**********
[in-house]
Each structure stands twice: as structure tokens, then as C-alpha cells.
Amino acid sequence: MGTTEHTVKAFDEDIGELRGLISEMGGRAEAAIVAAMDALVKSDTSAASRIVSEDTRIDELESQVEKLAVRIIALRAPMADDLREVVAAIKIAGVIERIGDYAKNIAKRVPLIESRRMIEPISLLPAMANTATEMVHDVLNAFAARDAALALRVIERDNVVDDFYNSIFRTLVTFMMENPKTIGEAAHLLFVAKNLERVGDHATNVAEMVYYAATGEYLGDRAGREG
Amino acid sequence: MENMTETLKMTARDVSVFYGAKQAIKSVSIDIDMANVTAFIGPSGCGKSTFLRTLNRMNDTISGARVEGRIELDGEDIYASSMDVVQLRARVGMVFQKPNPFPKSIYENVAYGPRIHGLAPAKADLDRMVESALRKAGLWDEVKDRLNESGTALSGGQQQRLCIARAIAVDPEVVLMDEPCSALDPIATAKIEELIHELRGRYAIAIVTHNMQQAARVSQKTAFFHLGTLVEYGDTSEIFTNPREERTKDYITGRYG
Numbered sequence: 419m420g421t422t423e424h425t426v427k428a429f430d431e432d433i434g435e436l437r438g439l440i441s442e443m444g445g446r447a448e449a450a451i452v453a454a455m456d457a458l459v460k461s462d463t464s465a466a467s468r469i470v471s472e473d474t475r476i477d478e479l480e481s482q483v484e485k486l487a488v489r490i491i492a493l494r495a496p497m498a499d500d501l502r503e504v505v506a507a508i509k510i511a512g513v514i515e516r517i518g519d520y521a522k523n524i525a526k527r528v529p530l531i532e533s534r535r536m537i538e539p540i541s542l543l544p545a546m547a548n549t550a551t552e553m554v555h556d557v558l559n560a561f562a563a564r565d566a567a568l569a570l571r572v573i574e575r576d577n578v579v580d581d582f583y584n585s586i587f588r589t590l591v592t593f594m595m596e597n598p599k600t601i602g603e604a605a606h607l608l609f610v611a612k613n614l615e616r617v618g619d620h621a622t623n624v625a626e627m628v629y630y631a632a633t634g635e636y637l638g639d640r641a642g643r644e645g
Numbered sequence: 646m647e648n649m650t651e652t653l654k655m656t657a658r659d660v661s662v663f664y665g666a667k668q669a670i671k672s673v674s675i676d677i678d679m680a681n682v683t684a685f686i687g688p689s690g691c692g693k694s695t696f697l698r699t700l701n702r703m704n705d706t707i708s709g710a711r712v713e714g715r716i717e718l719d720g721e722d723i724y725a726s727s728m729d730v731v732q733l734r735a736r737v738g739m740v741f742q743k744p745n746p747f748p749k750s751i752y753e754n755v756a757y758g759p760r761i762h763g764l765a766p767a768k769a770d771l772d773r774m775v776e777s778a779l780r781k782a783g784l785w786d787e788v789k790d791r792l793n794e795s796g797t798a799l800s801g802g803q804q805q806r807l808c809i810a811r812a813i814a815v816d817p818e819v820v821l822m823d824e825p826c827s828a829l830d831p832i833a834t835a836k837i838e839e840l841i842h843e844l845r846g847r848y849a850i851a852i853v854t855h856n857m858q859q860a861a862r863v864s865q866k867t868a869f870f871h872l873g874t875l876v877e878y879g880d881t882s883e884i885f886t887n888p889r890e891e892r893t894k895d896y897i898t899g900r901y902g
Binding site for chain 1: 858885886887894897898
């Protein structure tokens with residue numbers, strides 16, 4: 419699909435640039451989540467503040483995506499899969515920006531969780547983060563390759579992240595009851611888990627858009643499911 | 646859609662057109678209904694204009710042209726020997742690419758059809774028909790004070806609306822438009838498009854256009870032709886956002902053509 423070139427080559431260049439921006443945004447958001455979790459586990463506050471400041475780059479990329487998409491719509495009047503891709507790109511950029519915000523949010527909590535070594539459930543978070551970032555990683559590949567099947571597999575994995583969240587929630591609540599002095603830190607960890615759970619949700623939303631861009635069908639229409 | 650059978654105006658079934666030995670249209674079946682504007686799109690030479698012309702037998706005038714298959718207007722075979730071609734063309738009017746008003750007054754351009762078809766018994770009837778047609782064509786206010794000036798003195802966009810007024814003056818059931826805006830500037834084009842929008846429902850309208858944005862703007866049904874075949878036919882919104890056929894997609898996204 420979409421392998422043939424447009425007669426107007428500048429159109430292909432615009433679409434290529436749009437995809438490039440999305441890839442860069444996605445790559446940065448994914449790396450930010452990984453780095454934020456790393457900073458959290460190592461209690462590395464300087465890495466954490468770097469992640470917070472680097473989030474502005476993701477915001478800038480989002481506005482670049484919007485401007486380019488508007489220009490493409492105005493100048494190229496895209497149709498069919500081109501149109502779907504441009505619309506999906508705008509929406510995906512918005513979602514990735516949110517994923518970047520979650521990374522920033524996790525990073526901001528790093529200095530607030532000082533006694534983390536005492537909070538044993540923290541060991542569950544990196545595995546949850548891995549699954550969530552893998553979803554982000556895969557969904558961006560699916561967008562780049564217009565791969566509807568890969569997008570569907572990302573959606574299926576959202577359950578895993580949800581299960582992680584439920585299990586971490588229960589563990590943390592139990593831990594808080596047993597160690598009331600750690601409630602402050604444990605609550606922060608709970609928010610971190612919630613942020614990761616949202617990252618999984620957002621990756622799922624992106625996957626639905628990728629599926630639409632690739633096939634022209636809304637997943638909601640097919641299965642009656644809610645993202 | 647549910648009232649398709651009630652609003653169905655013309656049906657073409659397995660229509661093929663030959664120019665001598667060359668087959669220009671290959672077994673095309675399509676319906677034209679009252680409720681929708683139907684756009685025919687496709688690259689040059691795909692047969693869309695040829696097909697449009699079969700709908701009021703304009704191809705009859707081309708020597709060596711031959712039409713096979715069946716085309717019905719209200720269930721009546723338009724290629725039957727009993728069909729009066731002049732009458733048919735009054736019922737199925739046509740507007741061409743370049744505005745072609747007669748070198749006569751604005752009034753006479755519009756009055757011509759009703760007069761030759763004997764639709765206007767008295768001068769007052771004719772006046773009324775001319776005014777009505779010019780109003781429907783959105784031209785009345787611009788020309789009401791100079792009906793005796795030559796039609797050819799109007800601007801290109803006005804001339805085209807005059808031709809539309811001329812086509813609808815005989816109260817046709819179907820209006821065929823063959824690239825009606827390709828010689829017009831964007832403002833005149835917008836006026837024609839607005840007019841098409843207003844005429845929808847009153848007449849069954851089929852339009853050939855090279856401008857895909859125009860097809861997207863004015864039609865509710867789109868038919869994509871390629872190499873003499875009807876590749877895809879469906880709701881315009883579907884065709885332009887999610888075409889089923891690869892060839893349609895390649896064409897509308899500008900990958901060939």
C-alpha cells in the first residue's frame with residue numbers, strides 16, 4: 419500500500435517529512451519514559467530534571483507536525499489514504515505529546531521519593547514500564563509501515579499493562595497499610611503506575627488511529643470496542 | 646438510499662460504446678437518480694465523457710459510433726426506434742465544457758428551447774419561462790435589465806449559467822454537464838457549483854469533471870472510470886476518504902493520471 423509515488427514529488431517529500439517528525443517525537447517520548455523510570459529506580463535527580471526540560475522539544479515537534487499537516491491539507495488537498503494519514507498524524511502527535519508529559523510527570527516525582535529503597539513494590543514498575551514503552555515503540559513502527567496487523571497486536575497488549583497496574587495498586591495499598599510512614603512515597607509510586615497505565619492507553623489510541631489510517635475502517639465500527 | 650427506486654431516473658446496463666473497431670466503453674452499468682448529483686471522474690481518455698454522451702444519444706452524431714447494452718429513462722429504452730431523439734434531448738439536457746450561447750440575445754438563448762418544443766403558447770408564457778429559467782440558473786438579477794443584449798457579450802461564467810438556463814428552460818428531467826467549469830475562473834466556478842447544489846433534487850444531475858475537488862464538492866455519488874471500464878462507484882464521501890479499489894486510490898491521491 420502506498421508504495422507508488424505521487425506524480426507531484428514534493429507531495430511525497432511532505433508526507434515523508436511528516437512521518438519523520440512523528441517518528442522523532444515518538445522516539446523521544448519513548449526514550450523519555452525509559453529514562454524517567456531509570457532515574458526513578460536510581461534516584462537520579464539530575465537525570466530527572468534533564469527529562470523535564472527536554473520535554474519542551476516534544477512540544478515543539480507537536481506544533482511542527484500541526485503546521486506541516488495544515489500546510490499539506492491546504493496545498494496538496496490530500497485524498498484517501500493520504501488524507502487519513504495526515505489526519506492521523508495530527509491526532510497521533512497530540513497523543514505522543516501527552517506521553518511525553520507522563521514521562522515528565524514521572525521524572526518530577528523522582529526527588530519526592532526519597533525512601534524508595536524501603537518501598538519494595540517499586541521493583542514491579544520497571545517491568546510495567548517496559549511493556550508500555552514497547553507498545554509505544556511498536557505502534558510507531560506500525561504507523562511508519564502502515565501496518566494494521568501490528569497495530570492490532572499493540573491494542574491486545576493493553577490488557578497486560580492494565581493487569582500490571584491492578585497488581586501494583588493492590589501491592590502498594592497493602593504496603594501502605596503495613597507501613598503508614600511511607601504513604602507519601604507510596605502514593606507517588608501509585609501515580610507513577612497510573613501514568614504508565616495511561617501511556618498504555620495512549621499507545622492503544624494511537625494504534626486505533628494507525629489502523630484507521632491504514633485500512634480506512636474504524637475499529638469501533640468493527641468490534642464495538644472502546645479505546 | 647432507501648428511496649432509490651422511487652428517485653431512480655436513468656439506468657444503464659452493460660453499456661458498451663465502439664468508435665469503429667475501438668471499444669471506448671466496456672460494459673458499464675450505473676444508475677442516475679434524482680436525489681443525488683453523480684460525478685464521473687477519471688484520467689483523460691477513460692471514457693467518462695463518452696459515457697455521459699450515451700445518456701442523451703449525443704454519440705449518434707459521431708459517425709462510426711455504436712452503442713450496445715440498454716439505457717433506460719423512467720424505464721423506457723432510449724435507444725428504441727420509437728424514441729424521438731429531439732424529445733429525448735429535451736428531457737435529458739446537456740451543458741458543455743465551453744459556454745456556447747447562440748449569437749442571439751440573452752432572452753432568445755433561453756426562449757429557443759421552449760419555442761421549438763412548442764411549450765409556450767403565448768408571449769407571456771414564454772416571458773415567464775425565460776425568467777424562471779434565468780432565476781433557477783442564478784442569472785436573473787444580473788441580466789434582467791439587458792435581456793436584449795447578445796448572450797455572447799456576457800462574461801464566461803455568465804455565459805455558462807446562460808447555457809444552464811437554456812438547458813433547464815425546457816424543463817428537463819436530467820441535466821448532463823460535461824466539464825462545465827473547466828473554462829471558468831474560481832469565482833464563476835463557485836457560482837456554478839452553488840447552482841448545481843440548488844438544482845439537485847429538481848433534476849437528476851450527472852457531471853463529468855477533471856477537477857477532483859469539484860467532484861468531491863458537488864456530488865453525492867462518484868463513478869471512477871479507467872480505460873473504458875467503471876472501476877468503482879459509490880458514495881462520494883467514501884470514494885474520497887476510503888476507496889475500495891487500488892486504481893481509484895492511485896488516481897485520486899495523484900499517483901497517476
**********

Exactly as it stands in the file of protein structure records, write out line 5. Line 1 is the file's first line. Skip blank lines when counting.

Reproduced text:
Numbered sequence: 419m420g421t422t423e424h425t426v427k428a429f430d431e432d433i434g435e436l437r438g439l440i441s442e443m444g445g446r447a448e449a450a451i452v453a454a455m456d457a458l459v460k461s462d463t464s465a466a467s468r469i470v471s472e473d474t475r476i477d478e479l480e481s482q483v484e485k486l487a488v489r490i491i492a493l494r495a496p497m498a499d500d501l502r503e504v505v506a507a508i509k510i511a512g513v514i515e516r517i518g519d520y521a522k523n524i525a526k527r528v529p530l531i532e533s534r535r536m537i538e539p540i541s542l543l544p545a546m547a548n549t550a551t552e553m554v555h556d557v558l559n560a561f562a563a564r565d566a567a568l569a570l571r572v573i574e575r576d577n578v579v580d581d582f583y584n585s586i587f588r589t590l591v592t593f594m595m596e597n598p599k600t601i602g603e604a605a606h607l608l609f610v611a612k613n614l615e616r617v618g619d620h621a622t623n624v625a626e627m628v629y630y631a632a633t634g635e636y637l638g639d640r641a642g643r644e645g